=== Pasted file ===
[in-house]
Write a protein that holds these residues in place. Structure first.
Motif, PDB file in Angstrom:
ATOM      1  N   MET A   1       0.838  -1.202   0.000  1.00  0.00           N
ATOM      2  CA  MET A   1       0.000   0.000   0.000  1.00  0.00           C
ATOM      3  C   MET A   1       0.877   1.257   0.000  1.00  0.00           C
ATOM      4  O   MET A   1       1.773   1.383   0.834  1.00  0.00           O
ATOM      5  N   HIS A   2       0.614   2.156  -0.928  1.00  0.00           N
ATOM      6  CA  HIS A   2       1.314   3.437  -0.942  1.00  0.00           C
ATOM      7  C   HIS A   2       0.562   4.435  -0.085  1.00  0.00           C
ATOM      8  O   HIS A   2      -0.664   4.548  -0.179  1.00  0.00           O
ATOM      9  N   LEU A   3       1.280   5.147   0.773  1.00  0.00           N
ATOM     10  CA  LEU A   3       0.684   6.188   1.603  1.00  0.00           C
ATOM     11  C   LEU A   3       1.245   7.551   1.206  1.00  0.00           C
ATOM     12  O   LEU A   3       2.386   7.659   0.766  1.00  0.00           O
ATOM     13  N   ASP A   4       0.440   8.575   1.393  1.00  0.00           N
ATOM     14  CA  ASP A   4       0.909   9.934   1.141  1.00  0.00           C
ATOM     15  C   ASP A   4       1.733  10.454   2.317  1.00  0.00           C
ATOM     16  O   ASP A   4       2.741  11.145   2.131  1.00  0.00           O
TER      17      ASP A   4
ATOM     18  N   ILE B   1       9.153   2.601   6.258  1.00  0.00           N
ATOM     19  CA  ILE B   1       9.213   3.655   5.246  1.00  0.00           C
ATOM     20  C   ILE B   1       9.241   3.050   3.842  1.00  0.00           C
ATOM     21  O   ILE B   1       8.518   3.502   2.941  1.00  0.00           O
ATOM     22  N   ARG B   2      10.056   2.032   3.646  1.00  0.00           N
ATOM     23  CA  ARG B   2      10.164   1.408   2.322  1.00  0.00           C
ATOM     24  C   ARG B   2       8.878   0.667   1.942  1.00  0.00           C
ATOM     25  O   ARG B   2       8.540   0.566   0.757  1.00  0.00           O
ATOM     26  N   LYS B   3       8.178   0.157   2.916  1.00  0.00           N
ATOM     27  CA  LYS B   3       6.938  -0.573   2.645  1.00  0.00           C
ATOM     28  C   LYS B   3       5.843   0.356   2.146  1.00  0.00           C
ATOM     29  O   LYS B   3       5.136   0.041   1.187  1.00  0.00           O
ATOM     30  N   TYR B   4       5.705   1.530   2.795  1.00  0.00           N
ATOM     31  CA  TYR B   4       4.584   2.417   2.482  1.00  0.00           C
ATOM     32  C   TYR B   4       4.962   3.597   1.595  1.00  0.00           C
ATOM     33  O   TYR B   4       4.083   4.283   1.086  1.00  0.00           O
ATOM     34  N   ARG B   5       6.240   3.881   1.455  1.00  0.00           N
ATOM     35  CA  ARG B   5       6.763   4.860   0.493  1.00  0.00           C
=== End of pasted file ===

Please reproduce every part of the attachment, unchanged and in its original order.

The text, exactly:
[in-house]
Write a protein that holds these residues in place. Structure first.
Motif, PDB file in Angstrom:
ATOM      1  N   MET A   1       0.838  -1.202   0.000  1.00  0.00           N
ATOM      2  CA  MET A   1       0.000   0.000   0.000  1.00  0.00           C
ATOM      3  C   MET A   1       0.877   1.257   0.000  1.00  0.00           C
ATOM      4  O   MET A   1       1.773   1.383   0.834  1.00  0.00           O
ATOM      5  N   HIS A   2       0.614   2.156  -0.928  1.00  0.00           N
ATOM      6  CA  HIS A   2       1.314   3.437  -0.942  1.00  0.00           C
ATOM      7  C   HIS A   2       0.562   4.435  -0.085  1.00  0.00           C
ATOM      8  O   HIS A   2      -0.664   4.548  -0.179  1.00  0.00           O
ATOM      9  N   LEU A   3       1.280   5.147   0.773  1.00  0.00           N
ATOM     10  CA  LEU A   3       0.684   6.188   1.603  1.00  0.00           C
ATOM     11  C   LEU A   3       1.245   7.551   1.206  1.00  0.00           C
ATOM     12  O   LEU A   3       2.386   7.659   0.766  1.00  0.00           O
ATOM     13  N   ASP A   4       0.440   8.575   1.393  1.00  0.00           N
ATOM     14  CA  ASP A   4       0.909   9.934   1.141  1.00  0.00           C
ATOM     15  C   ASP A   4       1.733  10.454   2.317  1.00  0.00           C
ATOM     16  O   ASP A   4       2.741  11.145   2.131  1.00  0.00           O
TER      17      ASP A   4
ATOM     18  N   ILE B   1       9.153   2.601   6.258  1.00  0.00           N
ATOM     19  CA  ILE B   1       9.213   3.655   5.246  1.00  0.00           C
ATOM     20  C   ILE B   1       9.241   3.050   3.842  1.00  0.00           C
ATOM     21  O   ILE B   1       8.518   3.502   2.941  1.00  0.00           O
ATOM     22  N   ARG B   2      10.056   2.032   3.646  1.00  0.00           N
ATOM     23  CA  ARG B   2      10.164   1.408   2.322  1.00  0.00           C
ATOM     24  C   ARG B   2       8.878   0.667   1.942  1.00  0.00           C
ATOM     25  O   ARG B   2       8.540   0.566   0.757  1.00  0.00           O
ATOM     26  N   LYS B   3       8.178   0.157   2.916  1.00  0.00           N
ATOM     27  CA  LYS B   3       6.938  -0.573   2.645  1.00  0.00           C
ATOM     28  C   LYS B   3       5.843   0.356   2.146  1.00  0.00           C
ATOM     29  O   LYS B   3       5.136   0.041   1.187  1.00  0.00           O
ATOM     30  N   TYR B   4       5.705   1.530   2.795  1.00  0.00           N
ATOM     31  CA  TYR B   4       4.584   2.417   2.482  1.00  0.00           C
ATOM     32  C   TYR B   4       4.962   3.597   1.595  1.00  0.00           C
ATOM     33  O   TYR B   4       4.083   4.283   1.086  1.00  0.00           O
ATOM     34  N   ARG B   5       6.240   3.881   1.455  1.00  0.00           N
ATOM     35  CA  ARG B   5       6.763   4.860   0.493  1.00  0.00           C